Christina Birchfield, director of children's programs at the Women's Resource Center in Beckley, says lawmakers, school boards and parents often have misconceptions about what kind of information domestic violence activists want to offer children.

"There's this idea that domestic violence advocates contribute to the decay of the family by encouraging divorces, etc." she says. "In fact, it's the opposite."

"These are general life skills. It's no soapbox," says Maryjane Kerwood, the state's safe schools coordinator and a supporter of domestic violence education.

"We're not teaching anything that would be questionable. We are teaching what the healthy mode is. We don't focus on the unhealthy," she says. "We focus on generally agreed-upon principles that all people would buy into -- how to get along and respect each other."

Robertson, who has taught more than 3,000 students since she began last year, has yet to hear one parent complain. Neither has Long.

Childhood education has been a priority -- at least on paper -- since 1998, when lawmakers passed a bill requiring domestic violence advocates and the Department of Education to develop an age-appropriate curriculum and train school personnel to teach it.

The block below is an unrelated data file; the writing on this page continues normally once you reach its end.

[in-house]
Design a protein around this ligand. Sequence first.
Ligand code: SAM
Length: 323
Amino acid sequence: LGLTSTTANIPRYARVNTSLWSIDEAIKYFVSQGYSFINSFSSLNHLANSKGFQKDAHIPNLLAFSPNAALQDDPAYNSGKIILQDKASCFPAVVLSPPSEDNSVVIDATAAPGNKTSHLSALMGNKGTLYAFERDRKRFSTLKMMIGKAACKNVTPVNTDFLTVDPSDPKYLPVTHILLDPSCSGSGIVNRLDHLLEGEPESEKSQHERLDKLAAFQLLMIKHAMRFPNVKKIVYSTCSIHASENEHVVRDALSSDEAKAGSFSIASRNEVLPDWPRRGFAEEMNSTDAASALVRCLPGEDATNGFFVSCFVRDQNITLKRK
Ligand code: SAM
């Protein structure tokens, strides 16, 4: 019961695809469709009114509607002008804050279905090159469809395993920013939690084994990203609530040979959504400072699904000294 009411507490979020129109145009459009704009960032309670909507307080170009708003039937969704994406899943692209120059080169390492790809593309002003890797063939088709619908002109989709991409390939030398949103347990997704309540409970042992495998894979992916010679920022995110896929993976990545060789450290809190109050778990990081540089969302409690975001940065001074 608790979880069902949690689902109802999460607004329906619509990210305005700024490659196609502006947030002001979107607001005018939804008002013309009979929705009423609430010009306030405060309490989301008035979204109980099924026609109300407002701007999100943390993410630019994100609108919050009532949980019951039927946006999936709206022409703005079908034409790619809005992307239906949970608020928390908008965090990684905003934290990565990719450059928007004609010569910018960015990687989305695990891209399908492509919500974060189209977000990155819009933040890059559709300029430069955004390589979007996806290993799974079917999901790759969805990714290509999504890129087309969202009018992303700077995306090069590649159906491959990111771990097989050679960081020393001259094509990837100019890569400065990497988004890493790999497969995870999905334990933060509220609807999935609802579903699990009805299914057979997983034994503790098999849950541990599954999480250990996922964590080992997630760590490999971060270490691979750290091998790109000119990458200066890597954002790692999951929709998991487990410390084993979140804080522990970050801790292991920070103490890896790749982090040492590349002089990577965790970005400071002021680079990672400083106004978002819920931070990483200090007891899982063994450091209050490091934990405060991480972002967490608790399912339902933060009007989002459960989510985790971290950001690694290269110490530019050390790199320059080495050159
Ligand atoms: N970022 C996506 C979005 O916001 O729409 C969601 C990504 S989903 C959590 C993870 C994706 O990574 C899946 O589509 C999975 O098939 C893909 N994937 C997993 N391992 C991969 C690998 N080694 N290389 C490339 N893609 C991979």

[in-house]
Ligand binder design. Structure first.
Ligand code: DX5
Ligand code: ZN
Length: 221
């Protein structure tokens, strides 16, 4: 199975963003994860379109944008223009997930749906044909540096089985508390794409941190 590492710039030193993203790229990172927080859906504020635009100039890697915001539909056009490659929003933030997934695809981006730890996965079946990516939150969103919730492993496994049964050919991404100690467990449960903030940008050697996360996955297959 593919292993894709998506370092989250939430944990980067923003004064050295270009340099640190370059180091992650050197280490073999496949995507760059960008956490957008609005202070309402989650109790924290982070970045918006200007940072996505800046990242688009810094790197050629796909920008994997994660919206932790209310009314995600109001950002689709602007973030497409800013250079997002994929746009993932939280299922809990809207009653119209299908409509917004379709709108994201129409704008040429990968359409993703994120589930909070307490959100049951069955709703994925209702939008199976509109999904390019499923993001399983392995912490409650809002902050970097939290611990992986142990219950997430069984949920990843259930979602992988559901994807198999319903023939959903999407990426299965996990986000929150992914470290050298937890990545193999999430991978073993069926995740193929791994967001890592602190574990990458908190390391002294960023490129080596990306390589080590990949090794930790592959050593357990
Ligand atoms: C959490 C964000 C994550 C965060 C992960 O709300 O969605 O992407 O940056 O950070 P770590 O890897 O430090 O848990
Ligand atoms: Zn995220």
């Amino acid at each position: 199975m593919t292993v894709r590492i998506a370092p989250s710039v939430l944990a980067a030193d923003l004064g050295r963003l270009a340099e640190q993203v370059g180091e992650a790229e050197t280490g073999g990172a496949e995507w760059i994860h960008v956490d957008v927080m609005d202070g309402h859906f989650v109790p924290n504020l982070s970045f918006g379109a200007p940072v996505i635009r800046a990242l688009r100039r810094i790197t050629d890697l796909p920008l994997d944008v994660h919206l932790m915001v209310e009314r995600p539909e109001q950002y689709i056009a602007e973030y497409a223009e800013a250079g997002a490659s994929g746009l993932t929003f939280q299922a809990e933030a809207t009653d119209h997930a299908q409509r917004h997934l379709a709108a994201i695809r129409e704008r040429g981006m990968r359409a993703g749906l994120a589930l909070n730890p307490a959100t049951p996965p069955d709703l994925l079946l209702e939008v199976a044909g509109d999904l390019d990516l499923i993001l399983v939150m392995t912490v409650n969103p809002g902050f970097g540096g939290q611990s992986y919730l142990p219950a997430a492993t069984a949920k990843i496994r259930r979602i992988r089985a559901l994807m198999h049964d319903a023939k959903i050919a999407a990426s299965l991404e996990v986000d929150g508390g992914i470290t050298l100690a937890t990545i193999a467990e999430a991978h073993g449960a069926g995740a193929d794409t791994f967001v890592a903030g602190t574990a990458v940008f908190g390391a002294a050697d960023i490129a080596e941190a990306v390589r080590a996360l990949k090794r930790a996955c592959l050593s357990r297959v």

"All across the country, people are grappling with this," says Sue Julian, team coordinator for the state's Coalition Against Domestic Violence. Even states like Massachusetts, a leader in domestic violence education, are still piloting programs.

The curriculum Robertson teaches was developed for sixth- through eighth-graders and focuses on respect and dating violence.

The coalition hopes to introduce a K-3 program in schools that volunteer next year. At the same time, a team will begin developing a curriculum for the next age group. Eventually, Julian says, there will be a seamless K-12 program.

It's too soon to know whether all 55 counties will use it.

"There is nothing mandated in the schools to teach healthy relationships," Julian says. "One the realities of the education system in West Virginia is the state cannot mandate curriculum. They can suggest, but the counties make the individual choices, so it's very tough to make the schools do this."